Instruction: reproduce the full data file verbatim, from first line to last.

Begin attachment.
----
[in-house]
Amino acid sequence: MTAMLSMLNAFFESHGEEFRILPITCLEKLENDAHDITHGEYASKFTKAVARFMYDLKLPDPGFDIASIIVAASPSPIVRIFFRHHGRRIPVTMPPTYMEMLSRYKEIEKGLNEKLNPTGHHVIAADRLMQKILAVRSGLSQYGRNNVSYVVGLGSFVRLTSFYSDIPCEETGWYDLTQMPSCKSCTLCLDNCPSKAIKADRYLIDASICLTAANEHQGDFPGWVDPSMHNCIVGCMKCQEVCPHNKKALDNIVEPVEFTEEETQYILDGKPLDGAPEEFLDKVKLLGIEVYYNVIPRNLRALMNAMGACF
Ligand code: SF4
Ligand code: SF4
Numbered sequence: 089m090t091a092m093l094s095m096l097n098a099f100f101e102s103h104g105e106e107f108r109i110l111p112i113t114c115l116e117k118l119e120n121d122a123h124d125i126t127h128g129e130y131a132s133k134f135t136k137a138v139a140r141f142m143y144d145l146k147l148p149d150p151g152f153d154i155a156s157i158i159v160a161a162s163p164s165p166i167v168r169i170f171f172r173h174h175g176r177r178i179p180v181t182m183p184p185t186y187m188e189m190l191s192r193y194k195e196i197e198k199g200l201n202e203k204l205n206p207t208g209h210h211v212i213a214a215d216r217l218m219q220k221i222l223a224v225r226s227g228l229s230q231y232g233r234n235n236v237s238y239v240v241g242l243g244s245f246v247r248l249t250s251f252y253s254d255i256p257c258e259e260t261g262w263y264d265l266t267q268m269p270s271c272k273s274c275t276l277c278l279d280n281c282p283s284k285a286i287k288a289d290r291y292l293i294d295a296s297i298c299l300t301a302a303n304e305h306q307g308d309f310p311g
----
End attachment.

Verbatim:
[in-house]
Amino acid sequence: MTAMLSMLNAFFESHGEEFRILPITCLEKLENDAHDITHGEYASKFTKAVARFMYDLKLPDPGFDIASIIVAASPSPIVRIFFRHHGRRIPVTMPPTYMEMLSRYKEIEKGLNEKLNPTGHHVIAADRLMQKILAVRSGLSQYGRNNVSYVVGLGSFVRLTSFYSDIPCEETGWYDLTQMPSCKSCTLCLDNCPSKAIKADRYLIDASICLTAANEHQGDFPGWVDPSMHNCIVGCMKCQEVCPHNKKALDNIVEPVEFTEEETQYILDGKPLDGAPEEFLDKVKLLGIEVYYNVIPRNLRALMNAMGACF
Ligand code: SF4
Ligand code: SF4
Numbered sequence: 089m090t091a092m093l094s095m096l097n098a099f100f101e102s103h104g105e106e107f108r109i110l111p112i113t114c115l116e117k118l119e120n121d122a123h124d125i126t127h128g129e130y131a132s133k134f135t136k137a138v139a140r141f142m143y144d145l146k147l148p149d150p151g152f153d154i155a156s157i158i159v160a161a162s163p164s165p166i167v168r169i170f171f172r173h174h175g176r177r178i179p180v181t182m183p184p185t186y187m188e189m190l191s192r193y194k195e196i197e198k199g200l201n202e203k204l205n206p207t208g209h210h211v212i213a214a215d216r217l218m219q220k221i222l223a224v225r226s227g228l229s230q231y232g233r234n235n236v237s238y239v240v241g242l243g244s245f246v247r248l249t250s251f252y253s254d255i256p257c258e259e260t261g262w263y264d265l266t267q268m269p270s271c272k273s274c275t276l277c278l279d280n281c282p283s284k285a286i287k288a289d290r291y292l293i294d295a296s297i298c299l300t301a302a303n304e305h306q307g308d309f310p311g